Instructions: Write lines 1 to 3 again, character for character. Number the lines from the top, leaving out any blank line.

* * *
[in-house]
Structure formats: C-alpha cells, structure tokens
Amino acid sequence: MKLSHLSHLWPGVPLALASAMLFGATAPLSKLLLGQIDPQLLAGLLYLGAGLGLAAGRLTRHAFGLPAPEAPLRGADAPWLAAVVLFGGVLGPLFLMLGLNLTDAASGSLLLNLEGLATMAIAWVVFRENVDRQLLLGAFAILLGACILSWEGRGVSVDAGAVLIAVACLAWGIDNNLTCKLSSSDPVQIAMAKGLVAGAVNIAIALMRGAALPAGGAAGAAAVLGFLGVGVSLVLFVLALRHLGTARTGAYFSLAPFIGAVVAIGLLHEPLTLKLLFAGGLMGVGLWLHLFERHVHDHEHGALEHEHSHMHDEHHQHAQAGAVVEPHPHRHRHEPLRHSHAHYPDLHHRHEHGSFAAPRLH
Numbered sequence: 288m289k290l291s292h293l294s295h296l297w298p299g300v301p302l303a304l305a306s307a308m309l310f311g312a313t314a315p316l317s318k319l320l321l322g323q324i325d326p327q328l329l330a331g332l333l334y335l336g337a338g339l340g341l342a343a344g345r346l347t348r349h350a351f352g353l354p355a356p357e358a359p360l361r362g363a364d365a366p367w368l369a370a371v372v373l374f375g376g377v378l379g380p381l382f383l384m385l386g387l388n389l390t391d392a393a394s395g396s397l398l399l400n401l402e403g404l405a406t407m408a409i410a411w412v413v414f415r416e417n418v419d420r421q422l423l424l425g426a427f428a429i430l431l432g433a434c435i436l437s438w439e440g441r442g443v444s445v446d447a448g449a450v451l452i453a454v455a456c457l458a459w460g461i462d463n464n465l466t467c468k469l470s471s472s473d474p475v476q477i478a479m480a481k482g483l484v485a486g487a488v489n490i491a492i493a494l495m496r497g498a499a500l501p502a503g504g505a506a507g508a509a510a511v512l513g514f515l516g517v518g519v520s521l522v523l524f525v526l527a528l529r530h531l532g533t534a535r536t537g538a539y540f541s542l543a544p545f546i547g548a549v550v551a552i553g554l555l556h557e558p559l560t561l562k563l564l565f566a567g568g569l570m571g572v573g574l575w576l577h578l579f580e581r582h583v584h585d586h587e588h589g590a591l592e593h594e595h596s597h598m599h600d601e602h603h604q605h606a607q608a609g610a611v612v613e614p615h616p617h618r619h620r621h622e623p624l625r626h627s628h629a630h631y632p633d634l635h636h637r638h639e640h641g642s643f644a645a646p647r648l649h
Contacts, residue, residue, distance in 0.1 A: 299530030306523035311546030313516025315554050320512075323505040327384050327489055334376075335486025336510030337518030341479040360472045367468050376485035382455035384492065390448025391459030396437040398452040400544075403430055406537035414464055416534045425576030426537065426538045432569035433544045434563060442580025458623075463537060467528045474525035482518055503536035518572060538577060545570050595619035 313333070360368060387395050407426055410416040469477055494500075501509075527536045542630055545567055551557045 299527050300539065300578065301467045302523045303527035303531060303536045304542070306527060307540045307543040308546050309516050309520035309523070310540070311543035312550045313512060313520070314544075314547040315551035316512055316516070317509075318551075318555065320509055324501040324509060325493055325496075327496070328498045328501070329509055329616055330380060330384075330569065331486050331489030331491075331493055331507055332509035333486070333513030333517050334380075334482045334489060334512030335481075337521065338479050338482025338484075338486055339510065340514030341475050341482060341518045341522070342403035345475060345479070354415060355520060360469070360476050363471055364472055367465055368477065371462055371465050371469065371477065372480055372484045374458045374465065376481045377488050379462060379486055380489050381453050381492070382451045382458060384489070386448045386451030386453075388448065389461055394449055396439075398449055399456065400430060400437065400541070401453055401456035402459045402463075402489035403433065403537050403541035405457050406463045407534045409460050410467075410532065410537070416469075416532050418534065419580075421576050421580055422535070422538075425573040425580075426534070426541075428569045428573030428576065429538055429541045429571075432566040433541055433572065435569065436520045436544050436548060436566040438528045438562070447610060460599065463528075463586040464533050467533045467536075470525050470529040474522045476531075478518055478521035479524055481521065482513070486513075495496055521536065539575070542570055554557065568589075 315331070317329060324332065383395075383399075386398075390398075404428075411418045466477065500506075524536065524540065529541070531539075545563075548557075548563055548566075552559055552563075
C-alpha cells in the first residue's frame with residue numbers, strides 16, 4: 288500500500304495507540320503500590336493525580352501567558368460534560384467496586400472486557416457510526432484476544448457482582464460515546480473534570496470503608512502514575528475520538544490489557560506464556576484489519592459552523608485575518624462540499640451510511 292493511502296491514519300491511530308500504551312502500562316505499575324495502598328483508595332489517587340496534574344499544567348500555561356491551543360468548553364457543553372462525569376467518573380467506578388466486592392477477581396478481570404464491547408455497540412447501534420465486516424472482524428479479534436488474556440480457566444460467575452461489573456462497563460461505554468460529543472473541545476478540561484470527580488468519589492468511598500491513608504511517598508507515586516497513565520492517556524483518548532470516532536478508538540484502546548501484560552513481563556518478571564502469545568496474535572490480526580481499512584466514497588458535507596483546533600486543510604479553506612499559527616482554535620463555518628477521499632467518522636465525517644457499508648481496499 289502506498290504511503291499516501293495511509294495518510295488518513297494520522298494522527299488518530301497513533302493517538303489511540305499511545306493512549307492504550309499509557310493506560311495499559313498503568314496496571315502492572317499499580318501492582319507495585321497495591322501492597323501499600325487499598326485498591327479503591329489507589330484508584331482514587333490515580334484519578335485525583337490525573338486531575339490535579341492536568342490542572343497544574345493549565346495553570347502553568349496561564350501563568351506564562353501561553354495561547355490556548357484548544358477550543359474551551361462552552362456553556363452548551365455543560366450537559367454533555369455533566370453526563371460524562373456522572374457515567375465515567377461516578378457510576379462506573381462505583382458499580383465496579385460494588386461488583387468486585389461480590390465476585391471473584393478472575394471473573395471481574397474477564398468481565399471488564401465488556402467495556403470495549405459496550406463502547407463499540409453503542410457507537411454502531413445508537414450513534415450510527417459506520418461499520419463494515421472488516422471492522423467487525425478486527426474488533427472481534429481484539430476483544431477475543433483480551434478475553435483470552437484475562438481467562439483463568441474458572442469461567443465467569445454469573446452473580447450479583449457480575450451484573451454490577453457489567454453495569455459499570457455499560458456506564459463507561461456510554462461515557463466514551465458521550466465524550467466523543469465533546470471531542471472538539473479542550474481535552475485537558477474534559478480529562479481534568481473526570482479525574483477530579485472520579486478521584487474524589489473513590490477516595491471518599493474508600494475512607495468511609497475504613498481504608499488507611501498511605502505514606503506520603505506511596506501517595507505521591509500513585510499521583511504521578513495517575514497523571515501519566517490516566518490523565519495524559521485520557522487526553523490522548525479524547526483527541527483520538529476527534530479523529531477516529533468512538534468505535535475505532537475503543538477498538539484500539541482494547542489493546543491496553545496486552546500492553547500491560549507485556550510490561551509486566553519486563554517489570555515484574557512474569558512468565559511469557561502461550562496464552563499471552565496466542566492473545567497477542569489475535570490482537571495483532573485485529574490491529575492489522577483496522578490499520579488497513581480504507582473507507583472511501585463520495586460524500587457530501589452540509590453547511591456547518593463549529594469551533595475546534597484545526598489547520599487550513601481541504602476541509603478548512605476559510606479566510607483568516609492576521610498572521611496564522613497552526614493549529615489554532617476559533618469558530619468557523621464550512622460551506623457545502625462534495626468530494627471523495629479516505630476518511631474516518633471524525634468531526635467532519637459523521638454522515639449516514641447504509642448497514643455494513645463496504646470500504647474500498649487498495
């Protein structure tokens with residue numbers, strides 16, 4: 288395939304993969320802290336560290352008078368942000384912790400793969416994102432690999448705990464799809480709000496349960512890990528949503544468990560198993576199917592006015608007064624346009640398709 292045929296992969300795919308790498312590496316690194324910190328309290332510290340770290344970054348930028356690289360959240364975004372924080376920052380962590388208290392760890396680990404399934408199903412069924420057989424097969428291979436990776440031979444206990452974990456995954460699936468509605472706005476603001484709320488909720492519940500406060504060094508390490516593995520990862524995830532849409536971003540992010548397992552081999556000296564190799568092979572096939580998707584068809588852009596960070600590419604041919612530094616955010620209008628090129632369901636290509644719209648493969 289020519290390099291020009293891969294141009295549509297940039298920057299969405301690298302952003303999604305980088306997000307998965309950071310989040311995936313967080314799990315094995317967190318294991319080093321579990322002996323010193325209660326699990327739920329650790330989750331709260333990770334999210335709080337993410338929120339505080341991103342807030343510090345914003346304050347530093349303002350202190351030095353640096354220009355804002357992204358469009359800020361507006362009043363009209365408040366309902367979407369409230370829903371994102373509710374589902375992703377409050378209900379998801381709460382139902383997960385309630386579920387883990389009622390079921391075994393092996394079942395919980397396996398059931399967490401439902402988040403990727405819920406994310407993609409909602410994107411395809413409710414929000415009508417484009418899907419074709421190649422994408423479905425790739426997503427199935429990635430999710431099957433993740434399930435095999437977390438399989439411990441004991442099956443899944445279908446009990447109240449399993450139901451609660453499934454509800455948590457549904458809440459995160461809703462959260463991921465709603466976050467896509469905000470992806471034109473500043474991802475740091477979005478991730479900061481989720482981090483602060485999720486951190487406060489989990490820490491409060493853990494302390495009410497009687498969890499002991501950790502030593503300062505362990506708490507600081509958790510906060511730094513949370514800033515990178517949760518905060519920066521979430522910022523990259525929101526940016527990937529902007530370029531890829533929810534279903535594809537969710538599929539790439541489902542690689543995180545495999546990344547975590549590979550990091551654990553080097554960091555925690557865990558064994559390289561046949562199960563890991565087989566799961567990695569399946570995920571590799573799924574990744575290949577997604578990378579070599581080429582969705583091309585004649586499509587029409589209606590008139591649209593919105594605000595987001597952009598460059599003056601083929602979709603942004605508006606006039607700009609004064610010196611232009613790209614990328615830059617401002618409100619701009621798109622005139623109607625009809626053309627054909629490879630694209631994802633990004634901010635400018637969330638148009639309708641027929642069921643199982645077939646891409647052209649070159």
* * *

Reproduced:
[in-house]
Structure formats: C-alpha cells, structure tokens
Amino acid sequence: MKLSHLSHLWPGVPLALASAMLFGATAPLSKLLLGQIDPQLLAGLLYLGAGLGLAAGRLTRHAFGLPAPEAPLRGADAPWLAAVVLFGGVLGPLFLMLGLNLTDAASGSLLLNLEGLATMAIAWVVFRENVDRQLLLGAFAILLGACILSWEGRGVSVDAGAVLIAVACLAWGIDNNLTCKLSSSDPVQIAMAKGLVAGAVNIAIALMRGAALPAGGAAGAAAVLGFLGVGVSLVLFVLALRHLGTARTGAYFSLAPFIGAVVAIGLLHEPLTLKLLFAGGLMGVGLWLHLFERHVHDHEHGALEHEHSHMHDEHHQHAQAGAVVEPHPHRHRHEPLRHSHAHYPDLHHRHEHGSFAAPRLH